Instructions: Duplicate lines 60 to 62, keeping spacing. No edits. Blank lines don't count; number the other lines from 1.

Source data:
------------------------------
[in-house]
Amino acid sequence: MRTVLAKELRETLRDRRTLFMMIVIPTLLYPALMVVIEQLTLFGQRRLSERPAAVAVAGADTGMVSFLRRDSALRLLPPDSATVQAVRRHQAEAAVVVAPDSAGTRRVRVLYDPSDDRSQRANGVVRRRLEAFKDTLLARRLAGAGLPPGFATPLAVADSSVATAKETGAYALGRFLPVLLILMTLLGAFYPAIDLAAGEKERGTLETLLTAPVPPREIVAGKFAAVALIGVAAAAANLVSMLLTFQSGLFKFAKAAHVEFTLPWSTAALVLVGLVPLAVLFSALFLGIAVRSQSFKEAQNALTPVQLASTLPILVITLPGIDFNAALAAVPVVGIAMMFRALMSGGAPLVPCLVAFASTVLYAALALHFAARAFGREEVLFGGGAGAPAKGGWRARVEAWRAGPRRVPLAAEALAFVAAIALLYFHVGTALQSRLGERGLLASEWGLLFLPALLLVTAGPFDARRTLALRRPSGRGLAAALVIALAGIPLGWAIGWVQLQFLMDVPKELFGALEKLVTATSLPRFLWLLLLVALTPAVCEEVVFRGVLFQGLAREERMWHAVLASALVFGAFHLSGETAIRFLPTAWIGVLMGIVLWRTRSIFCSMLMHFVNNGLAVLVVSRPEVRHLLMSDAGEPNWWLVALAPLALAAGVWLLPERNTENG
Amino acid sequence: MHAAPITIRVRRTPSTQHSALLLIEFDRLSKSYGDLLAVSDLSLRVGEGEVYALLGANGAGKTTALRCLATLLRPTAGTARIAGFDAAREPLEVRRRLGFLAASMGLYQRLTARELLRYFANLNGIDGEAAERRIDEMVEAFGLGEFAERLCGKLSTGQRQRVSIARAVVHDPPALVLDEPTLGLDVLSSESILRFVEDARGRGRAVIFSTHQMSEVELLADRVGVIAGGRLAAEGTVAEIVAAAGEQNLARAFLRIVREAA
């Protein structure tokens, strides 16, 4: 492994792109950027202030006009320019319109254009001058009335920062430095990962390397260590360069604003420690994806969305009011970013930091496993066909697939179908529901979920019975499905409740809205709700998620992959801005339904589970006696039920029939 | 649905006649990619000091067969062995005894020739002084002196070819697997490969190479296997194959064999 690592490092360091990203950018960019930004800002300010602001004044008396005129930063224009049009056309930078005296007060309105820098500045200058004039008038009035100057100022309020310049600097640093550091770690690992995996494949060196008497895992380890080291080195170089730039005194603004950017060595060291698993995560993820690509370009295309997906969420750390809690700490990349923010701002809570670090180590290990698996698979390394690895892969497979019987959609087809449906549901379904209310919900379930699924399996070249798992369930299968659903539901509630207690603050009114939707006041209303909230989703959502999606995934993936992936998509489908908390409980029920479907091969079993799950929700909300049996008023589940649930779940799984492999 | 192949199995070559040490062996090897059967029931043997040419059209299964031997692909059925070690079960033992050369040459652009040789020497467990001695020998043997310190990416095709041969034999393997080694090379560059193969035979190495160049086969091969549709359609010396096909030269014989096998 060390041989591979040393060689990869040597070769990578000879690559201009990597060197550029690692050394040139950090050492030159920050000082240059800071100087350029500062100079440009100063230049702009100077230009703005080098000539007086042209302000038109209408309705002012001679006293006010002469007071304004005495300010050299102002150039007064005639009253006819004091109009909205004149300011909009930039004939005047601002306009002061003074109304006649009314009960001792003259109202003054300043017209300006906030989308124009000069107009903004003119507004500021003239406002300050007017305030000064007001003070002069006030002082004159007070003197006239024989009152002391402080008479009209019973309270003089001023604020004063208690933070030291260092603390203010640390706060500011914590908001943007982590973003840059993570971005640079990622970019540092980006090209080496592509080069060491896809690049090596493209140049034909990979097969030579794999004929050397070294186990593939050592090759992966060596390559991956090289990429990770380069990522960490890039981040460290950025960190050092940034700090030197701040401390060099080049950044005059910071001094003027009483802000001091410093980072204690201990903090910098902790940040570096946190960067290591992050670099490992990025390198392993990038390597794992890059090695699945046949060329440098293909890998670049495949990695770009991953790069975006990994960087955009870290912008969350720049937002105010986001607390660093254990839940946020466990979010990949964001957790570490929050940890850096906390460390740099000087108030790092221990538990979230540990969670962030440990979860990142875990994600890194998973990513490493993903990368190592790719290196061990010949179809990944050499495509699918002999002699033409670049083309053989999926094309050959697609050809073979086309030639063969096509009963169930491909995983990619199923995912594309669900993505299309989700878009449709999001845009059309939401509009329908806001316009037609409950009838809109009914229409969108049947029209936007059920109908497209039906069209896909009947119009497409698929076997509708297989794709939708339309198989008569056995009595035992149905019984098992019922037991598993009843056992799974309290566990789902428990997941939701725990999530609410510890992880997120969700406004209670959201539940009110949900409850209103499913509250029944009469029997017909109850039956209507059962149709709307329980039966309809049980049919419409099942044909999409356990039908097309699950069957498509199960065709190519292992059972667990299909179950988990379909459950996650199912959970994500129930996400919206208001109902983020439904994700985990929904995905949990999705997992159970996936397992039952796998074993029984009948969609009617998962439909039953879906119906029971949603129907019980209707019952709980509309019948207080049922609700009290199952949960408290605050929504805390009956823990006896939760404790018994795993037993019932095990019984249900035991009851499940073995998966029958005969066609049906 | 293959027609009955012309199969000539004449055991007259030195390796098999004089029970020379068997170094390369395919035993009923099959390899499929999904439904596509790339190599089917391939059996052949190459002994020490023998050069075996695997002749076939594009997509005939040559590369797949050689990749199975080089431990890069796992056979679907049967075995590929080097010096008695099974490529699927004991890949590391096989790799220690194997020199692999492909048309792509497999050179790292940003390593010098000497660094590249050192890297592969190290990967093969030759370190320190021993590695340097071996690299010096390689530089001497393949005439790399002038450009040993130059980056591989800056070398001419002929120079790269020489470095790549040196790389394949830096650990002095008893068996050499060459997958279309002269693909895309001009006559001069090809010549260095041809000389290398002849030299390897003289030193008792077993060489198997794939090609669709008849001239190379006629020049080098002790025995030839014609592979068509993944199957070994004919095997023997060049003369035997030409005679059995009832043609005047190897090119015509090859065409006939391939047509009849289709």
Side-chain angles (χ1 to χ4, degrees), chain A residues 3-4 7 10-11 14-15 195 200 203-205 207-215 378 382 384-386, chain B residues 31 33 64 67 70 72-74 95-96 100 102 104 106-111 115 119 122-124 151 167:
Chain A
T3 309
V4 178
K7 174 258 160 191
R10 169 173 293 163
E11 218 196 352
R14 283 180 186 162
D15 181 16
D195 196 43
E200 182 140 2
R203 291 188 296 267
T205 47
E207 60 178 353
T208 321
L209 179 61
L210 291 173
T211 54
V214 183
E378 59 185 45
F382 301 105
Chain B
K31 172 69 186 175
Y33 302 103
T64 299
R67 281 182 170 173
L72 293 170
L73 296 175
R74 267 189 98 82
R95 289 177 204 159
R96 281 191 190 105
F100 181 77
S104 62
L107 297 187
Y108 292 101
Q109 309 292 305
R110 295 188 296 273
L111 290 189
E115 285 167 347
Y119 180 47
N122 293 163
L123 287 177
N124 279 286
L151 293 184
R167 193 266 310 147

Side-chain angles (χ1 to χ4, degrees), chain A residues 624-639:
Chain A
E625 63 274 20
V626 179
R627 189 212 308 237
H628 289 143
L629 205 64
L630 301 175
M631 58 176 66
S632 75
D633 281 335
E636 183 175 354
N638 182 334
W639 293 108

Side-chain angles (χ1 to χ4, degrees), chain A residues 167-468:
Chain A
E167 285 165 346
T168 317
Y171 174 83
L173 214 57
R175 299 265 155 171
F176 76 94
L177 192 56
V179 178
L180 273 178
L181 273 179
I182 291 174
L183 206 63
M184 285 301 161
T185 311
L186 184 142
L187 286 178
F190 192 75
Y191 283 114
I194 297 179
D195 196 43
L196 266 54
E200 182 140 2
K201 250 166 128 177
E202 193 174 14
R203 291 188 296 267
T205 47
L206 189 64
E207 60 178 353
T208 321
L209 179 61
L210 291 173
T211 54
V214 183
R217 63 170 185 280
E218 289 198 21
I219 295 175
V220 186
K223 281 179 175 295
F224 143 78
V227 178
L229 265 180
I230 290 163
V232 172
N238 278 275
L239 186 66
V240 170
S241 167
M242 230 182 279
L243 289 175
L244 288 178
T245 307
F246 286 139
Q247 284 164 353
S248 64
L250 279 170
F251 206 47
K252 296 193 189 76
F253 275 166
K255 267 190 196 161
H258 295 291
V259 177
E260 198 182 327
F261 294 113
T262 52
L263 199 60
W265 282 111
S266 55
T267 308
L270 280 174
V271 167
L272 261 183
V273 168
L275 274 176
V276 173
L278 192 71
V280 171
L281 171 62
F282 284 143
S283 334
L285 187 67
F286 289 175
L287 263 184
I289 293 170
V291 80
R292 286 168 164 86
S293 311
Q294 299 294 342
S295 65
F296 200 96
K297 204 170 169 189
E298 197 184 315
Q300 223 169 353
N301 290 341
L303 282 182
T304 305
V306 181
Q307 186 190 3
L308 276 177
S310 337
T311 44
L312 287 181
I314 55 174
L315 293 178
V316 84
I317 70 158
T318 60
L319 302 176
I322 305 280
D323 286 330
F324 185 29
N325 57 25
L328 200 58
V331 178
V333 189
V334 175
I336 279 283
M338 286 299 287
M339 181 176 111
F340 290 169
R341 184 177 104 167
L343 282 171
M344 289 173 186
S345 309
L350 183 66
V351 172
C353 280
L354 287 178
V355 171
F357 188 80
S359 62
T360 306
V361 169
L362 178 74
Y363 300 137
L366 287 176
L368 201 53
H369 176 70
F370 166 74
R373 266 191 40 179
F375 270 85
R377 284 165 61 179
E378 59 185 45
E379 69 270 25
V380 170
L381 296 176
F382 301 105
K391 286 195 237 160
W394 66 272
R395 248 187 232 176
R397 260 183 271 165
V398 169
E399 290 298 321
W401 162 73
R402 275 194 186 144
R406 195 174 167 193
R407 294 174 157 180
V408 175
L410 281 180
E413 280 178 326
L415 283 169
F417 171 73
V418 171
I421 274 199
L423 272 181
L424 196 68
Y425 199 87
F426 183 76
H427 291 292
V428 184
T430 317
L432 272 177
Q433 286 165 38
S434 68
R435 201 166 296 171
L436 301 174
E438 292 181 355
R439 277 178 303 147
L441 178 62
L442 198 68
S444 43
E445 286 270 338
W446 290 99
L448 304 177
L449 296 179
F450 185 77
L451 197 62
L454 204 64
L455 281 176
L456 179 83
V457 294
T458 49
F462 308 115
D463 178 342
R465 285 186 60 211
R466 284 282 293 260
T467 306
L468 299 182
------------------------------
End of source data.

D633 281 335
E636 183 175 354
N638 182 334